Healing a Broken Sport: My Story - by Morgan Matthews

Sylvia

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I posted the link to Morgan's April 18th Substack post in 2 other threads yesterday and now feel that it's worth creating a separate thread for her writings on important topics in figure skating from her perspective.

Excerpt from the end:
I left the sport to go back to school and construct a normal, healthy life. But I miss figure skating. And I wish every day that I could have gotten the help I needed and stayed in the sport so I could have realized my full potential. I love figure skating and want to find a way for athletes to work through their struggles without having to numb out, bow out, or exit this world entirely. I want to heal this broken sport.
I want to heal the brokenness in figure skating, but I don’t exactly know how. However, I’ve had a lot of time to think about it, so I’d like to write a series of posts that highlight some of the ways that healing is occurring in the sport, such as coaches training on injury treatment and nutrition, DEI efforts, and sub-disciplines like Solo Dance and Theatre On Ice. I hope that this will provide a starting point for deeper thought, and perhaps even action, especially from former figure skaters.

Much love,
Mo
Her Substack: https://morganmatthews.substack.com/

She published her first blog post on April 4 - "Why I'm Writing About Figure Skating In 2024: https://morganmatthews.substack.com/p/2024-worlds-made-a-skating-fan-of
It’s been over a decade since I retired from competitive figure skating. I did some coaching post-retirement to put myself through college and I tried trial judging just prior to the COVID-19 pandemic, but neither of these roles felt quite right for me. I go to a practice session every few years just to see if my body still remembers what to do. I fall in love again each time my blades grace the ice, but am crushed with disappointment when my injured hip starts throbbing (I’m waiting to replace it so I can hopefully get <3 hip replacements in my life) and I cannot walk properly for days afterward. In short, it’s been challenging to find my place in figure skating since retiring from competition.
 
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Sylvia

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An inspirational piece today (May 5) on "Life After Skating":
 

Sylvia

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This Week in Skating's May 7th podcast episode:
May is Mental Health Awareness Month. In this episode, Daphne, Gina and Matteo were joined by 2005 World Junior Champion Morgan Matthews Pennington. Now after years away from the sport, Morgan is sharing her story through a blog and talking about the sport she loves to hate, but mostly loves.
Morgan's blog: https://morganmatthews.substack.com/
 

Taso

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Really enjoyed her posts so far for lots of reasons. Not the least that she has 2 for Gilles & Poirier's 2016 FD which I absolutely loved - good taste!

I hope there is a way for her to see the healing the hopes for this sport come true.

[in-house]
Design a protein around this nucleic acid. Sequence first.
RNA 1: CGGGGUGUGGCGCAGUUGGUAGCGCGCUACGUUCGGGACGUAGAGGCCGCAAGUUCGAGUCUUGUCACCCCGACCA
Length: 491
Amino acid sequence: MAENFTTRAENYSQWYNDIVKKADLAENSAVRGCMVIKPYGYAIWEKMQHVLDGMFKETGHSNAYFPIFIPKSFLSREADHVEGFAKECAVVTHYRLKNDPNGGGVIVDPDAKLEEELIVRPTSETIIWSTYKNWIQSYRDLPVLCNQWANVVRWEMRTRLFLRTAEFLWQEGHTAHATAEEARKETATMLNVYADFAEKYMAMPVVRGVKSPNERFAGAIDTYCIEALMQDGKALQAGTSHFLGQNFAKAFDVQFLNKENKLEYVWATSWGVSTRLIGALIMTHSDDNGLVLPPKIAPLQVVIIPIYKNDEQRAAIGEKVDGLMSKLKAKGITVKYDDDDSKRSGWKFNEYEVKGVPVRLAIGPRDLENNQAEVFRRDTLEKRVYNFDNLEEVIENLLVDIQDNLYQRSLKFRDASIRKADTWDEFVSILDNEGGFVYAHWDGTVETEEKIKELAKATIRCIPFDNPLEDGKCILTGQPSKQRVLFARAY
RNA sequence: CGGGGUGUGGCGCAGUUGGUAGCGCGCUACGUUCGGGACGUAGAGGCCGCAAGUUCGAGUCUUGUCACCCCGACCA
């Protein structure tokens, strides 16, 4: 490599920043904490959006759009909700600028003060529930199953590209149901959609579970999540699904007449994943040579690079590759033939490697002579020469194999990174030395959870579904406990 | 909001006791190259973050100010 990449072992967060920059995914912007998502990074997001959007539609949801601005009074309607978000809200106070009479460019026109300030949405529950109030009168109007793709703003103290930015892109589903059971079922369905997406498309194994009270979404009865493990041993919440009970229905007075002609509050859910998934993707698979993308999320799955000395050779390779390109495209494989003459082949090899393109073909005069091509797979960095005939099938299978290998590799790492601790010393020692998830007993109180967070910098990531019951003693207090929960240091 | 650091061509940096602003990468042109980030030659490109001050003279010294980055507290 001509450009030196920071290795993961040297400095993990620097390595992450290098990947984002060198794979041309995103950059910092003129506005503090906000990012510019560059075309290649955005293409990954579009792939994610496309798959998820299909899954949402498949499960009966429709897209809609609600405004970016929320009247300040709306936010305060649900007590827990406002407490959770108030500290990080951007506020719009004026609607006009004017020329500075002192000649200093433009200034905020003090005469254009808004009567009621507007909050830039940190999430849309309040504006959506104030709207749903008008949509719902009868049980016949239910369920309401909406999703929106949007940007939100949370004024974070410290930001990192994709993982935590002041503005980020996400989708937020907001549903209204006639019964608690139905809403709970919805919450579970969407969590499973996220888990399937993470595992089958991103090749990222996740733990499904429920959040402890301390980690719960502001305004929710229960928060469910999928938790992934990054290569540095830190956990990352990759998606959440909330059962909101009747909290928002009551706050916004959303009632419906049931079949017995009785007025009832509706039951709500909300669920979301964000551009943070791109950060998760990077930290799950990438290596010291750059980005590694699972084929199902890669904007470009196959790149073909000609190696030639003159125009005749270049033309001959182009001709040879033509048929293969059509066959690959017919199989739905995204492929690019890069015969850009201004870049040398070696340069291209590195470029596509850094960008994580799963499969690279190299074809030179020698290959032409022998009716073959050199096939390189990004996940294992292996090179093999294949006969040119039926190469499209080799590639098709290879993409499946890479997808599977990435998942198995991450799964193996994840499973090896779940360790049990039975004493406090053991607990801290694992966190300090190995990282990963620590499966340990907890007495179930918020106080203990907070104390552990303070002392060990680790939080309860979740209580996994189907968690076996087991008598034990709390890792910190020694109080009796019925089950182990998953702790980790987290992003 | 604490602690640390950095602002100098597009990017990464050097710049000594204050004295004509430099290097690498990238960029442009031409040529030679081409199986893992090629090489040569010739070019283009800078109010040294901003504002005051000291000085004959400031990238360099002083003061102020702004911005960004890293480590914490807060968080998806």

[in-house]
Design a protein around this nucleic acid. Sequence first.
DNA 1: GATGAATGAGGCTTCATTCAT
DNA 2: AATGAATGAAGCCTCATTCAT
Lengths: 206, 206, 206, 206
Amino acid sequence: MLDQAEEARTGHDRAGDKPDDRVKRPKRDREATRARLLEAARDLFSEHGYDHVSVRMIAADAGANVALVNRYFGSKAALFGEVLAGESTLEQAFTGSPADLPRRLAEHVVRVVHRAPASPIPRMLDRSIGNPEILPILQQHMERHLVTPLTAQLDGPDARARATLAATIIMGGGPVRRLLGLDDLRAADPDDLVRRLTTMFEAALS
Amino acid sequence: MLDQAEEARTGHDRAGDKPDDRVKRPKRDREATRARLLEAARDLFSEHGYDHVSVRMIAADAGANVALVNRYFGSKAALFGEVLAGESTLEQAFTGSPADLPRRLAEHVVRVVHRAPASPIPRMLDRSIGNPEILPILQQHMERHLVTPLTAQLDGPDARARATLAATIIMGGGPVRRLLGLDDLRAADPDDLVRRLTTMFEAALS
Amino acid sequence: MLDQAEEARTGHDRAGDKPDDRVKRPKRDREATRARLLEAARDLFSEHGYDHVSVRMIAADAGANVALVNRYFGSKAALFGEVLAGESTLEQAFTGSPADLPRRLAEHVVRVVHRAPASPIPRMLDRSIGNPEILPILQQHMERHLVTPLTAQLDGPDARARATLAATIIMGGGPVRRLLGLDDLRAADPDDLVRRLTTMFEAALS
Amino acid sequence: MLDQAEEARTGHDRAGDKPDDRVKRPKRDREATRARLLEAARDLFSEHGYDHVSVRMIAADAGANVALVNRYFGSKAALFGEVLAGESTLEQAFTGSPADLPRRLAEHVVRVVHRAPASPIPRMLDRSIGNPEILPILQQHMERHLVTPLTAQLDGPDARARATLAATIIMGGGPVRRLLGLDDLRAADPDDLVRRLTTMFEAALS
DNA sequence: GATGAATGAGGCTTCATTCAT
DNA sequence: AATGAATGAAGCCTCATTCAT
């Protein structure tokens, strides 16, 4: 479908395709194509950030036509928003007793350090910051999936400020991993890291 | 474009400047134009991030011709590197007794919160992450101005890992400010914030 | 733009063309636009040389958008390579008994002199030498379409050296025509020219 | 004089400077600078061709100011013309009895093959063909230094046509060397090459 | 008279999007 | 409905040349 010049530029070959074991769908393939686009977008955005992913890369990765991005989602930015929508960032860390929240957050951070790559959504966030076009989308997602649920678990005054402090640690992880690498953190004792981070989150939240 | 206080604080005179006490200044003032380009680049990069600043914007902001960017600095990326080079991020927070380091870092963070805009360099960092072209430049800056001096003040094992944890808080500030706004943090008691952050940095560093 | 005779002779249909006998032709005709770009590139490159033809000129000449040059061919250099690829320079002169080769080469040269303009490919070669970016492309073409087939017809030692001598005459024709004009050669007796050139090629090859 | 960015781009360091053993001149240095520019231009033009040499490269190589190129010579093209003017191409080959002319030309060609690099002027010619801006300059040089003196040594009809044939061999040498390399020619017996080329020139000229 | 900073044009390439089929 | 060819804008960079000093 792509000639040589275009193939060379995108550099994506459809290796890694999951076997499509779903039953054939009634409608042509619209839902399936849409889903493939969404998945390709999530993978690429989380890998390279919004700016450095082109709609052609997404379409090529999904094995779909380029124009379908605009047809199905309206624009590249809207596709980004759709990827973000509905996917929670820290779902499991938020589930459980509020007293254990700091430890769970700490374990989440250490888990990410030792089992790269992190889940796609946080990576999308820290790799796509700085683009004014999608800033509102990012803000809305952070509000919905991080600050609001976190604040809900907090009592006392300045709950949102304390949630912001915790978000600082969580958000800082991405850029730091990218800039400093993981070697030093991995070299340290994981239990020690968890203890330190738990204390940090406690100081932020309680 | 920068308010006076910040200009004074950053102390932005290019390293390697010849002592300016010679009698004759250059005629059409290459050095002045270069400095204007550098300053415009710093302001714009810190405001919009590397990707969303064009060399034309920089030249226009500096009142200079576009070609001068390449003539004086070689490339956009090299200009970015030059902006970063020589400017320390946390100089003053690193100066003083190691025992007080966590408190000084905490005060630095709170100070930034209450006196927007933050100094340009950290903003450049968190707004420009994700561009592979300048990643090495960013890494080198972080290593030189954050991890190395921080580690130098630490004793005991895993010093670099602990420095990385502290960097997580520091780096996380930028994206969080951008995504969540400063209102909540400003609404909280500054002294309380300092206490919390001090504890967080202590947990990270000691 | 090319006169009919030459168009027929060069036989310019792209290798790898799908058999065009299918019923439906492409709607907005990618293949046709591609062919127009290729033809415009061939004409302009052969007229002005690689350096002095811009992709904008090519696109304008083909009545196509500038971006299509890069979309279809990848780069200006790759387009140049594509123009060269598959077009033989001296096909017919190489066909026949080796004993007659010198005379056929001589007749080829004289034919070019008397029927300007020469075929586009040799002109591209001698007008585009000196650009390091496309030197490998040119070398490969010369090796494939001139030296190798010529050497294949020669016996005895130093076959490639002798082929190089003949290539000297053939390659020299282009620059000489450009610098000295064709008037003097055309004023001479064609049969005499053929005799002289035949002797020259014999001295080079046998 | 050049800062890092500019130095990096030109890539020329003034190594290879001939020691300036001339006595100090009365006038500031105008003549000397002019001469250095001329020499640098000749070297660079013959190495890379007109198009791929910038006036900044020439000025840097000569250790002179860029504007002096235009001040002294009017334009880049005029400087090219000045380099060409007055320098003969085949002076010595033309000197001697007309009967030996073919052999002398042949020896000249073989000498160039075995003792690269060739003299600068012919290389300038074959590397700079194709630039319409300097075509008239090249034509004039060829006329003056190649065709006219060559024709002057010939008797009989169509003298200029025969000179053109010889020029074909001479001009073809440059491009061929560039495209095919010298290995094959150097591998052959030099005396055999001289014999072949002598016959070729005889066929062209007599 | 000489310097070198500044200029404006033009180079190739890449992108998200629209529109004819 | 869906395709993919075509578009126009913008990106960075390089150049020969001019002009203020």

overedge

Mayor of Carrot City
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Everyone on this board who thinks that winning medals is the only measure of achievement in skating, or that skaters are lazy or wimps for not continually pushing themselves to do more difficult elements, should read this. From Morgan's latest Substack post:

Letting figure skaters, especially at the elite level, decide when to rest and what to eat might be a scary prospect for some coaches. Their progress might slow down and some skaters might not make it to the elite level as a result. But that has to stop being seen as a bad thing. Figure skating doesn’t lose its merit for a figure skater just because they didn’t become Olympic champion. It does lose its merit if they leave the sport, Olympic medal or not, with physical injuries and mental trauma that plague them for the rest of their lives. We have to stop training figure skaters with the primary goal of making Olympic champions. That’s like setting one’s budget with the assumption that one will win the lottery. It’s not practical and it doesn’t serve the individual.
 

once_upon

Better off than 2020
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Olympic medals are limited in number, it should never be the Holy Grail at the expense of someone's health. Driven by coaches or parents to ruin your health..is not good for the overall life.
 

skategal

Bunny mama
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I’m really enjoying Morgan’s blog.

I especially like this one about the Lala’s 2024 World’s performances.

 

overedge

Mayor of Carrot City
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Morgan's latest post is bang on. I really encourage everyone to sign up for her Substack.

All of her suggestions are excellent, but this one is especially important IMO.

Coaches at many elite training centers will recommend that skaters take several hours of lessons a day from a range of spin, jump, edge, and off-ice specialists in addition to themselves. For most skaters this is absurd. It leaves a skater with no time to practice what they’ve learned and explore the sport for themselves. It leaves young skaters with so many tips and corrections floating around in their heads that they cannot skate for joy. And it robs a skater of the opportunity to learn self correction.
 

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